Copyright Concerns-new legislation a threat?


Apr 21, 2008
Mpls, Mn
Received this in my in box from indie911. (I've taken it off the Sonoma Riffworks forum)
I know some others have seen this also but others probably haven't. (Hope I'm not double posting this).

Read and decide, but since the majority of people who post here are likely to be indie artists, this will be of concern to you.

Indie 911 has become aware of a new law that is rapidly moving through the Congress called the �Orphan Works Act�. The law is aimed at changing a portion of U.S. copyright law that deals with musical tracks, writings, images, videos or other content whose owners cannot be easily located.

Independent artists need to care about this because you usually own your own copyrights so when the Orphan Works Act talks about �copyright owners� they are talking about YOU!

All that an �infringer� needs to do to avoid the current penalties of the copyright law is show that they made a "reasonably diligent search" to locate the copyright owner, and if they can�t find the copyright owner, they can use the work without permission and without exposure to statutory damages�the infringer only has to pay �reasonable compensation� if they ever get caught.

The chances of their getting caught are slim to none because there is no requirement that the infringer has to publish a public notice letting the world know what they�ve done.

After conducting a �reasonably diligent search� without supervision by an independent person, the infringer can use the track for anything including a political advertisement, pornographic film, or commercial. The infringer can also manipulate the work in a sample or mashup beyond recognition�and the Orphan Works Act allows the infringer to claim a new copyright in the manipulated work!

The Orphan Works Act does not define what a �reasonably diligent search� would be�that is left to copyright owners to recommend in some kind of standard-setting process that is not defined in the bill. Those recommendations will not have the force of law so a court would not be obligated to follow them.

The Orphan Works Act barely defines what �reasonable compensation� will be.

But deciding whether an infringer has conducted a reasonably diligent search and what �reasonable compensation� is to be is not up to you�it�s up to a court. Meaning you have to file a lawsuit to enforce your rights.

The only way that a copyright owner can restore the current copyright infringement penalties (including the big stick of statutory damages) is if they sue the infringer and prove in a court of law that the infringer did not conduct a �reasonably diligent search�. But the Orphan Works Act specifically eliminates the ability for a copyright owner who feels infringed upon to recover legal fees�unless they win their case.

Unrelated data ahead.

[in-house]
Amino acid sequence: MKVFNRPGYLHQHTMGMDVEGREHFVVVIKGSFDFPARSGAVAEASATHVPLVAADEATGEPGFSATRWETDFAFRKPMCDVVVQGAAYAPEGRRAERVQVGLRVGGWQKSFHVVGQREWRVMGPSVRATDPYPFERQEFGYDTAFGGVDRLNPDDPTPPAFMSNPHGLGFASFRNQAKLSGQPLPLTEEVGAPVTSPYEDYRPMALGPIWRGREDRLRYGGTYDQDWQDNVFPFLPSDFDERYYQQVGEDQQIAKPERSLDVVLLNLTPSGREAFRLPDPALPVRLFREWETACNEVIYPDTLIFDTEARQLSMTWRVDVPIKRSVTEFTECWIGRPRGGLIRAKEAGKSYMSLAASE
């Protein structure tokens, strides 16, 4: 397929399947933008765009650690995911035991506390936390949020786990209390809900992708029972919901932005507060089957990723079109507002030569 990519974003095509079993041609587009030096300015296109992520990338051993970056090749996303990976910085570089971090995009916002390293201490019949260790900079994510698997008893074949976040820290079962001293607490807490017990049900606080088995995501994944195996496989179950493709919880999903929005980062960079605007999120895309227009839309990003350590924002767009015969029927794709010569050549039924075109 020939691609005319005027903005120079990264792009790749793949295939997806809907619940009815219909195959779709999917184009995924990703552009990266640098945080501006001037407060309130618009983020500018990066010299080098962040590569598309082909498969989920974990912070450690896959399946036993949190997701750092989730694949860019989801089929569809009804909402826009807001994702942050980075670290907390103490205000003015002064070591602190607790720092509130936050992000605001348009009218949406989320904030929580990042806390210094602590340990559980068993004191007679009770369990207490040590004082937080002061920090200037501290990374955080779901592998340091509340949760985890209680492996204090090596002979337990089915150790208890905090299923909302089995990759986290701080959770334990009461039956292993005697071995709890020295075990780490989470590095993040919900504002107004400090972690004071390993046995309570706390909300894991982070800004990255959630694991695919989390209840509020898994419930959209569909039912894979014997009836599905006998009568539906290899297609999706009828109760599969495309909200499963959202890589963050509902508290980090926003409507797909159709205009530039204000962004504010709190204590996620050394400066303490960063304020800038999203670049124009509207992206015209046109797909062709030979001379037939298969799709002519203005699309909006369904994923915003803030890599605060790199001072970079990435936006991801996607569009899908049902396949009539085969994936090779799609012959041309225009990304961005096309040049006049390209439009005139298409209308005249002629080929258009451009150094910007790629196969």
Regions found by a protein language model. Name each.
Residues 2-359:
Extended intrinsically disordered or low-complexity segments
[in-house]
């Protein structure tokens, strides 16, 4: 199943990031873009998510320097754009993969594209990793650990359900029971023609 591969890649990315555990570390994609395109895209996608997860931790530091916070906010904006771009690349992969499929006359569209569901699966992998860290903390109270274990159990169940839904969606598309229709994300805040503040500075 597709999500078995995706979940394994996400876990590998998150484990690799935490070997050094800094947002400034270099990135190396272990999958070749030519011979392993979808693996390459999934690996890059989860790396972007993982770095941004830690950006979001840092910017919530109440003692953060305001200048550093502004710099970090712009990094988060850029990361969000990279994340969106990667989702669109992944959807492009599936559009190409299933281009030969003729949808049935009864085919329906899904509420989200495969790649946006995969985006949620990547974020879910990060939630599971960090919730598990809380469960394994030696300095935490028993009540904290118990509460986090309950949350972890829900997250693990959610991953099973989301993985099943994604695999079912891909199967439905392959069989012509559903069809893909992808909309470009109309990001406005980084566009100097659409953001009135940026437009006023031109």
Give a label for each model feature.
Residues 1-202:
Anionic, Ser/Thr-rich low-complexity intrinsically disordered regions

So that means that an independent artist is going to have to find a lawyer to take their case on a contingency that will require that lawyer to win a case in a totally new area of the law for which there is no precedent. And maybe�maybe�get an award of attorneys� fees years later.

Who is behind this bill? We don�t know. We do know that Google�s lawyers have testified to the Copyright Office that they want the bill to consider a user that wants to use �millions� of orphan works. That was right about the time that Google donated $3 million to the Library of Congress (home of the U.S. Copyright Office). The Copyright Office is supporting the Orphan Works Act.

And what is an �orphan work�? It�s a copyright whose author cannot be found after a �reasonably diligent search� in accordance with �best practices�.

The only music industry group that supports the legislation is the RIAA. Other groups are very concerned about the impact of the new bill on independent artists, labels, songwriters and smaller music publishers, and have presented their concerns in a concise manner. The American Association of Independent Music has posted their position paper online at … _1_I_2.pdf

Opponents of the bill in the indie community are concerned that this bill, if enacted, would make it very difficult to stop parties from using your music in ways you don't want or haven't consented to and it puts an even greater burden of finding infringers on the copyright owner rather than putting the burden on the user who wants to use your music.

According to A2IM President Rich Bengloff �The Orphan Works Act certainly would hurt smaller independent labels who are more likely to be harder to find than the majors. Independent labels also have less resources to do searches to find infringements and then, after finding infringements, getting compensation.